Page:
Apr 21 2009
|should primitive biblical punishments influence US juries?|
This story concerns a case in which a jury may have given a convicted murderer a harsher sentence because of a bible quote.
Oliver, 31, from Waco, was condemned for the slaying of Joe Collins, 64, during a March 1998 break-in at Collins' rural East Texas home. Three of Oliver's companions received prison terms ranging from five to 99 years.
...Collins was shot and then struck with the barrel of a gun...
Certainly, Oliver should receive punishment after being convicted of such a crime. But, should the choice of punishment be determined by the ancient, desert dwelling authors of the bible?
At issue was a passage in Chapter 35 of Numbers which, in the New American Standard Bible, reads: "But if he struck him down with an iron object, so that he died, he is a murderer; the murderer shall surely be put to death." Some translations refer to the weapon as an "iron rod."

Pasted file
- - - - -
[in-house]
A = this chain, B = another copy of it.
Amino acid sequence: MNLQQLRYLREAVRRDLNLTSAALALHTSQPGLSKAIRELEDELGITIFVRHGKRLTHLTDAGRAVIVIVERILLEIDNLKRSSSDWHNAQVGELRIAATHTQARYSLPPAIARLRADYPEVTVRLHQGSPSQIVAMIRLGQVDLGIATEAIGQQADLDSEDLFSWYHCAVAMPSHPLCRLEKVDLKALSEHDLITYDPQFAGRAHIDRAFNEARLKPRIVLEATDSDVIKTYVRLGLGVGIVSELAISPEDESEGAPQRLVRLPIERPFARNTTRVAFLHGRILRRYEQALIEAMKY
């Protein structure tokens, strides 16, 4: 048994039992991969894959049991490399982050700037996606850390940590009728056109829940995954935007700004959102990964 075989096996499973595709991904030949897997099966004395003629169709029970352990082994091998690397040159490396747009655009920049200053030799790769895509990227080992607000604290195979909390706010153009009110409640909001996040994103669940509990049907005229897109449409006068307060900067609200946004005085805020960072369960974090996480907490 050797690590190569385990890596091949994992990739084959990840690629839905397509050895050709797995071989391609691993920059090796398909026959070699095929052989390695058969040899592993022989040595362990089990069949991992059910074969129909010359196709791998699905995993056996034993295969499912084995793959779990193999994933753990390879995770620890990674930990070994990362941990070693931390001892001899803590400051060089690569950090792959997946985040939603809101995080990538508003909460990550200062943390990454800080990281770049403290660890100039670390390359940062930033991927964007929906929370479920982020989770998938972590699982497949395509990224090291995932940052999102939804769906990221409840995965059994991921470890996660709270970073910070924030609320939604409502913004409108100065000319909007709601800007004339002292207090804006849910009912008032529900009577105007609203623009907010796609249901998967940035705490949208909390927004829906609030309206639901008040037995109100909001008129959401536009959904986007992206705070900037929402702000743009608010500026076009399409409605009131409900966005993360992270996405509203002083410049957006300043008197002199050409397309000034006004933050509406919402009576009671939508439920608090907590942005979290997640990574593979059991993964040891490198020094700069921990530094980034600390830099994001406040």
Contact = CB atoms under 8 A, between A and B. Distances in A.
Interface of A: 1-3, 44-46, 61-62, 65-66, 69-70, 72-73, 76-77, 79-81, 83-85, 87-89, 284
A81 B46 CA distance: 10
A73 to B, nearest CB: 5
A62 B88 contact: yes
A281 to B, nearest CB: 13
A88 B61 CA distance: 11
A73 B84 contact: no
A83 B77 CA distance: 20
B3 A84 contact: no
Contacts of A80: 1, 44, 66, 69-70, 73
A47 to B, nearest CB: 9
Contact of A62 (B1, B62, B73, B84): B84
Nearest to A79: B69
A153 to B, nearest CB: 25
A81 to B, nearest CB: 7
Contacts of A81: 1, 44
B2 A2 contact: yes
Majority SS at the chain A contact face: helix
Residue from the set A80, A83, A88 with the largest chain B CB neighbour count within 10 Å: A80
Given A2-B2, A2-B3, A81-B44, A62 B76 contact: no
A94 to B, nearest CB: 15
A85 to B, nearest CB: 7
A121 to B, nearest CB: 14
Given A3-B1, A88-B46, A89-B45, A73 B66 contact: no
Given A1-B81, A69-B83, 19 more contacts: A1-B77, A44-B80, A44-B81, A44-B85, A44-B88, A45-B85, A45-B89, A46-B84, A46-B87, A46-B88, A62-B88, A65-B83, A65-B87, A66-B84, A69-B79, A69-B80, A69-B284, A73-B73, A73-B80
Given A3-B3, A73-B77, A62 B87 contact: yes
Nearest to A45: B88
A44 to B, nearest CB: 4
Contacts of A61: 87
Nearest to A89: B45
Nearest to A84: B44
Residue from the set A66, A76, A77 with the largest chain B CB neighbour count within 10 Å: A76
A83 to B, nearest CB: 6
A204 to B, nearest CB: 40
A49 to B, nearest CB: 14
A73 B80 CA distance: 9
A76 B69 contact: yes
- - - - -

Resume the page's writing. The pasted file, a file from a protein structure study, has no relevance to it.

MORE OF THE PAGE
The jurors really did discuss this passage of the bible and whether the barrel of the gun that Oliver used to hit the victim could be likened to an iron rod before sentencing him to death.
The court may be right that the sentence would have been the same even if this discussion had taken place. But, I'd really like to see them make a bigger deal about the fact that the bible is not part of the judicial system in this country. SC cannot use the biblical prohibition on eating pork and shrimp to close down just about every restaurant in the lowcountry, and we cannot be arrested for working on the sabbath. This passage about the iron rod is no more relevant to this murder trial than the passage (Deuteronomy 21:18-21) commanding parents to kill their disobedient children could be used as a defense for child abuse.
Of course, I don't want to see a murderer set free. But, if he received a harsher sentence than his friends because the bible said so, then maybe he should at least be resentenced.